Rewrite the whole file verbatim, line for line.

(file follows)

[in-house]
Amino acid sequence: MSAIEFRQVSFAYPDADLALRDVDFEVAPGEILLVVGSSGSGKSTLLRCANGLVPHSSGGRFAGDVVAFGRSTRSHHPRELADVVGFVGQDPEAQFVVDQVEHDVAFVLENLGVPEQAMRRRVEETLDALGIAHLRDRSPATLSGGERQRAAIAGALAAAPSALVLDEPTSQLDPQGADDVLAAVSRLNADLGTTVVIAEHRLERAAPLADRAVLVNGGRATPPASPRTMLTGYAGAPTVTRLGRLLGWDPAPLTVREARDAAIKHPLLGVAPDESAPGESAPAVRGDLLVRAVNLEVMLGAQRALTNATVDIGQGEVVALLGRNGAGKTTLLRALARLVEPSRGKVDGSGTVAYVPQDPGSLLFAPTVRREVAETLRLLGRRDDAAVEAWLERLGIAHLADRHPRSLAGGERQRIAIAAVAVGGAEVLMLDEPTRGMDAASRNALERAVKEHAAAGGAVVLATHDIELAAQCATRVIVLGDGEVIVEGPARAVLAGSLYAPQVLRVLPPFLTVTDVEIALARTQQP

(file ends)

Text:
[in-house]
Amino acid sequence: MSAIEFRQVSFAYPDADLALRDVDFEVAPGEILLVVGSSGSGKSTLLRCANGLVPHSSGGRFAGDVVAFGRSTRSHHPRELADVVGFVGQDPEAQFVVDQVEHDVAFVLENLGVPEQAMRRRVEETLDALGIAHLRDRSPATLSGGERQRAAIAGALAAAPSALVLDEPTSQLDPQGADDVLAAVSRLNADLGTTVVIAEHRLERAAPLADRAVLVNGGRATPPASPRTMLTGYAGAPTVTRLGRLLGWDPAPLTVREARDAAIKHPLLGVAPDESAPGESAPAVRGDLLVRAVNLEVMLGAQRALTNATVDIGQGEVVALLGRNGAGKTTLLRALARLVEPSRGKVDGSGTVAYVPQDPGSLLFAPTVRREVAETLRLLGRRDDAAVEAWLERLGIAHLADRHPRSLAGGERQRIAIAAVAVGGAEVLMLDEPTRGMDAASRNALERAVKEHAAAGGAVVLATHDIELAAQCATRVIVLGDGEVIVEGPARAVLAGSLYAPQVLRVLPPFLTVTDVEIALARTQQP